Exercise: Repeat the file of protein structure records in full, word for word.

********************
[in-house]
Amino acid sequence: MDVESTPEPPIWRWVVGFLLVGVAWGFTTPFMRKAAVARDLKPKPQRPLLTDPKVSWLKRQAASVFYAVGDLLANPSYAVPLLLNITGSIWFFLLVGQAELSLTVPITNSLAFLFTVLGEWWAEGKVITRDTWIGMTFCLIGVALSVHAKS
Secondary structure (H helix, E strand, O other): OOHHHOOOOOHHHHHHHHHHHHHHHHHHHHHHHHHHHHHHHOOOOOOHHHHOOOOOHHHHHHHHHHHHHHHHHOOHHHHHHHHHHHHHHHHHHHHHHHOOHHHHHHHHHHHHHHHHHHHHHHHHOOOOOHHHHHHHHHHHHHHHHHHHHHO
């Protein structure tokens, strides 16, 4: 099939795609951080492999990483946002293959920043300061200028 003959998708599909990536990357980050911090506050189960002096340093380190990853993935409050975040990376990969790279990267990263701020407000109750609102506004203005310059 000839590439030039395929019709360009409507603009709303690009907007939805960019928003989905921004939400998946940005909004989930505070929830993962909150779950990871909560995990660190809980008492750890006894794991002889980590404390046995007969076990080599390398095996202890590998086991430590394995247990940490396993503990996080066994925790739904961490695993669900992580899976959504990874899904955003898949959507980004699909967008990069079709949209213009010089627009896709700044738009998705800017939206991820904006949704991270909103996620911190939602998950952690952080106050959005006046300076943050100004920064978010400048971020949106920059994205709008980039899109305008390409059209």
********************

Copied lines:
[in-house]
Amino acid sequence: MDVESTPEPPIWRWVVGFLLVGVAWGFTTPFMRKAAVARDLKPKPQRPLLTDPKVSWLKRQAASVFYAVGDLLANPSYAVPLLLNITGSIWFFLLVGQAELSLTVPITNSLAFLFTVLGEWWAEGKVITRDTWIGMTFCLIGVALSVHAKS
Secondary structure (H helix, E strand, O other): OOHHHOOOOOHHHHHHHHHHHHHHHHHHHHHHHHHHHHHHHOOOOOOHHHHOOOOOHHHHHHHHHHHHHHHHHOOHHHHHHHHHHHHHHHHHHHHHHHOOHHHHHHHHHHHHHHHHHHHHHHHHOOOOOHHHHHHHHHHHHHHHHHHHHHO
């Protein structure tokens, strides 16, 4: 099939795609951080492999990483946002293959920043300061200028 003959998708599909990536990357980050911090506050189960002096340093380190990853993935409050975040990376990969790279990267990263701020407000109750609102506004203005310059 000839590439030039395929019709360009409507603009709303690009907007939805960019928003989905921004939400998946940005909004989930505070929830993962909150779950990871909560995990660190809980008492750890006894794991002889980590404390046995007969076990080599390398095996202890590998086991430590394995247990940490396993503990996080066994925790739904961490695993669900992580899976959504990874899904955003898949959507980004699909967008990069079709949209213009010089627009896709700044738009998705800017939206991820904006949704991270909103996620911190939602998950952690952080106050959005006046300076943050100004920064978010400048971020949106920059994205709008980039899109305008390409059209």